Early Years

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French Lessons: Early-childhood educators can learn from the French system of universal preschool, according to a report released last week by the New York City-based French-American Foundation. The group promotes cultural exchanges and works to strengthen relations between the United States and France.

A delegation of 15 American education, business, and political leaders traveled to France for two weeks to study the country's preschool system, called écoles maternelles, which provides all the country's children, ages 3 to 5, with a free, voluntary early education.

The system is combined with before- and after-school care that is paid for by parents on a sliding scale.

California state Superintendent of Public Instruction Delaine Eastin, Sarah Greene, the chief executive officer of the National Head Start Association, and Augusta Souza Kappner, the president of Bank Street College of Education in New York City, were among those in the American delegation.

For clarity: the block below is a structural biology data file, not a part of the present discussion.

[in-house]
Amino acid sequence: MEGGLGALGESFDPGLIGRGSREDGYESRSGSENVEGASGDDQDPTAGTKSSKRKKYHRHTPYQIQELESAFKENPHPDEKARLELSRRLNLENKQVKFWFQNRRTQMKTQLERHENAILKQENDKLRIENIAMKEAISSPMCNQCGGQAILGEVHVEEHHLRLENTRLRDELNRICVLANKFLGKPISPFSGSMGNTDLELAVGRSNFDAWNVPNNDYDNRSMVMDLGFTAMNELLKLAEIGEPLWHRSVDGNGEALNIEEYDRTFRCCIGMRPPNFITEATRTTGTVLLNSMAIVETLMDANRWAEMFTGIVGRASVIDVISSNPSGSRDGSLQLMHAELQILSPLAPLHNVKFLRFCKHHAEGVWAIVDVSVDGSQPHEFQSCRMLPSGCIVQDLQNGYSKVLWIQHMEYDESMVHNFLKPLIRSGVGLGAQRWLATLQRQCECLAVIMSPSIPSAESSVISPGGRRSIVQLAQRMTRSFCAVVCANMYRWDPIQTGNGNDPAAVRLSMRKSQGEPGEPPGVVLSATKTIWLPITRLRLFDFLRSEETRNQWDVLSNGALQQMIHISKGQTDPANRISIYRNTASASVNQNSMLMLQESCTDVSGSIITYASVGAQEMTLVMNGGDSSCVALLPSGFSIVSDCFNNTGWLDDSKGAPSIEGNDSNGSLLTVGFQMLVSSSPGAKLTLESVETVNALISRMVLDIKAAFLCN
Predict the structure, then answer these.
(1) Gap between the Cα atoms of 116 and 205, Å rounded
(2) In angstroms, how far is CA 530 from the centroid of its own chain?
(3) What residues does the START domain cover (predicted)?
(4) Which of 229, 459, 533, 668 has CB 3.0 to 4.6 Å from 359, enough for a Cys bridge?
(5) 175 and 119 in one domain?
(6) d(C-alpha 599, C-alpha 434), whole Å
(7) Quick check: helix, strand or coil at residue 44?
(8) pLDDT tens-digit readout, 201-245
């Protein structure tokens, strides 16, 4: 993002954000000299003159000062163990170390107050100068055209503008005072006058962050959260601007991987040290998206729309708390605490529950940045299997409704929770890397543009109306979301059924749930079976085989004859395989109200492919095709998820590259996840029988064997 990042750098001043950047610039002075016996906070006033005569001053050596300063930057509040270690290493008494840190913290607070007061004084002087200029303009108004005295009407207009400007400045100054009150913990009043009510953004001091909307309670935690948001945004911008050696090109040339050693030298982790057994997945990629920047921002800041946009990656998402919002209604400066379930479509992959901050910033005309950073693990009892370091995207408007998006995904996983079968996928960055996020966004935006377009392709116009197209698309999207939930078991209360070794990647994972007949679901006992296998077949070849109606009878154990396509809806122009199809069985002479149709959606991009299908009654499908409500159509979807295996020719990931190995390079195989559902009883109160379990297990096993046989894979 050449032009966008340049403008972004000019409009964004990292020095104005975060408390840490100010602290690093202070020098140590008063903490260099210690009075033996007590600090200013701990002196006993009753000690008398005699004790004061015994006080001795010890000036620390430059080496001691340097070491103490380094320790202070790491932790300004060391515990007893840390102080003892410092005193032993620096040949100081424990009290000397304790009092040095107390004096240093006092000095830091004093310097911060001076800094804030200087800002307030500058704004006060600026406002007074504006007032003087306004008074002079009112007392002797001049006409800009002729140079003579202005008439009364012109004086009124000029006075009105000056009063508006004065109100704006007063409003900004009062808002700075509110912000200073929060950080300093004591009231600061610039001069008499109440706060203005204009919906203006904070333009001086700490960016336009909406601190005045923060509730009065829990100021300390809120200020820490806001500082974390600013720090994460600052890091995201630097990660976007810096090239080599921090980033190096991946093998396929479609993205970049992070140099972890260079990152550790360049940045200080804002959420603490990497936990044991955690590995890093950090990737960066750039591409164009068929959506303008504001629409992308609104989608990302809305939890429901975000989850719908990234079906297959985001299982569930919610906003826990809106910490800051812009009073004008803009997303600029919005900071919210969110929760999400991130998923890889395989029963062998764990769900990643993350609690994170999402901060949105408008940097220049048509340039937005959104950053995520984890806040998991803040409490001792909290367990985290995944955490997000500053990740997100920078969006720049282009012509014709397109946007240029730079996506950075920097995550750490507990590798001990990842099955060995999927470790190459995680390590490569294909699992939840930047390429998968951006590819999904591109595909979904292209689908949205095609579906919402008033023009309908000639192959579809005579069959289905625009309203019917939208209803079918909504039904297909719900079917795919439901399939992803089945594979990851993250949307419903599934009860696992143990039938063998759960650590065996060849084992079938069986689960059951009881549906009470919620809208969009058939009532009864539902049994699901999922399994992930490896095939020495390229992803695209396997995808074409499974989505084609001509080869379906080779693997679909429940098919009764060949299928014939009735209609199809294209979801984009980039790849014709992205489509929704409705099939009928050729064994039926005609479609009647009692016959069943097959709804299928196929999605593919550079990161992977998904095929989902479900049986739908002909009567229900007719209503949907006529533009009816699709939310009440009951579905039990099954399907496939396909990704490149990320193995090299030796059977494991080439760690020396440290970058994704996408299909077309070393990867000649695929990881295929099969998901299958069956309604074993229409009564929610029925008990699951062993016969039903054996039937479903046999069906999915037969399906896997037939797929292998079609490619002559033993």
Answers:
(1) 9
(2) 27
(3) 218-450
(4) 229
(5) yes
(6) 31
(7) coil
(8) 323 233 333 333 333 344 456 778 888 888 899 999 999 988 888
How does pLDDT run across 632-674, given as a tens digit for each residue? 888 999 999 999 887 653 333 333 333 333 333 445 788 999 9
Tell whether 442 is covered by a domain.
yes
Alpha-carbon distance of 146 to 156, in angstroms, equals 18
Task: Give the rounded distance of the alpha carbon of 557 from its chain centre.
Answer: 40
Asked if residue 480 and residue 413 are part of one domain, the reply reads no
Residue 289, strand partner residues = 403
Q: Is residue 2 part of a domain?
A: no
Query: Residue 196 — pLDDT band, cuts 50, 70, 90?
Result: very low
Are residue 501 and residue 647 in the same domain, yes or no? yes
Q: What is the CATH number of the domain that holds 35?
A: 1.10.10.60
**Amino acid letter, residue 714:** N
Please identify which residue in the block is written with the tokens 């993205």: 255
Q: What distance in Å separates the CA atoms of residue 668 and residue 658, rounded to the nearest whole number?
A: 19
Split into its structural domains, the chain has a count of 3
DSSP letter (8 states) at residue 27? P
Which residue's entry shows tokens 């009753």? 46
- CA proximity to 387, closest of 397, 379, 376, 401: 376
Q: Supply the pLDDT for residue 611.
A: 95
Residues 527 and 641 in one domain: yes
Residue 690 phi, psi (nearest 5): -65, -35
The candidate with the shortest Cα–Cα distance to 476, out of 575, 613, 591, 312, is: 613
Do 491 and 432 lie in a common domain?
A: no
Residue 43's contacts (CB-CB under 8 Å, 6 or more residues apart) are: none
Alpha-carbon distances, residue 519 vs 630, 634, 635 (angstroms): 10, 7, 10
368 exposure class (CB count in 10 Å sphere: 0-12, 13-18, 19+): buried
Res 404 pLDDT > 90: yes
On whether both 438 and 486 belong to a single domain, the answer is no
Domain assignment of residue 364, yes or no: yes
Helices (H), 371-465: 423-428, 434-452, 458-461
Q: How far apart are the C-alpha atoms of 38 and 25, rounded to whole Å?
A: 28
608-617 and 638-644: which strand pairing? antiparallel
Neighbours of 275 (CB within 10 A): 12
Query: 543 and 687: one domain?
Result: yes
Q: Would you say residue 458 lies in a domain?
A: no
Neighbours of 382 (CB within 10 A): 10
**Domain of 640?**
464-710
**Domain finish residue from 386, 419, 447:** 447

The group visited 11 écoles maternelles in both affluent and poor areas of the country and came back with a list of ways American educators can use the French approach as a model:

  • Promote preschool for every child. They urge calling on the federal government to provide resources to working-poor families for whom the cost of preschool is prohibitive.
  • Clarify national, state, and local roles. The report maintains that preschool funding, governance, and accountability should be better coordinated.
  • Train and adequately pay teachers of young children. The group suggests that well-qualified professionals be recruited to work with young children, and that current preschool teachers be trained.
  • Develop core principles for early-childhood programs. A system of national operating principles that could be adapted to stress health, safety, curriculum, training, accreditation, and facilities would raise the quality of early care, the group says.

The report stresses that replicating the French system is not the group's goal, but that learning by example could help provide the U.S. with higher-quality early care.

"Ready to Learn: The French System of Early Education and Care Offers Lessons for the United States" is available free from the French-American Foundation, 509 Madison Ave., Suite 310, New York, NY 10022; (212) 829-8800; fax: (212) 829-8810; e- mail: [email protected]; or on the World Wide Web at

-- Michelle Galley

Vol. 19, Issue 10, Page 11

Published in Print: November 3, 1999, as Early Years

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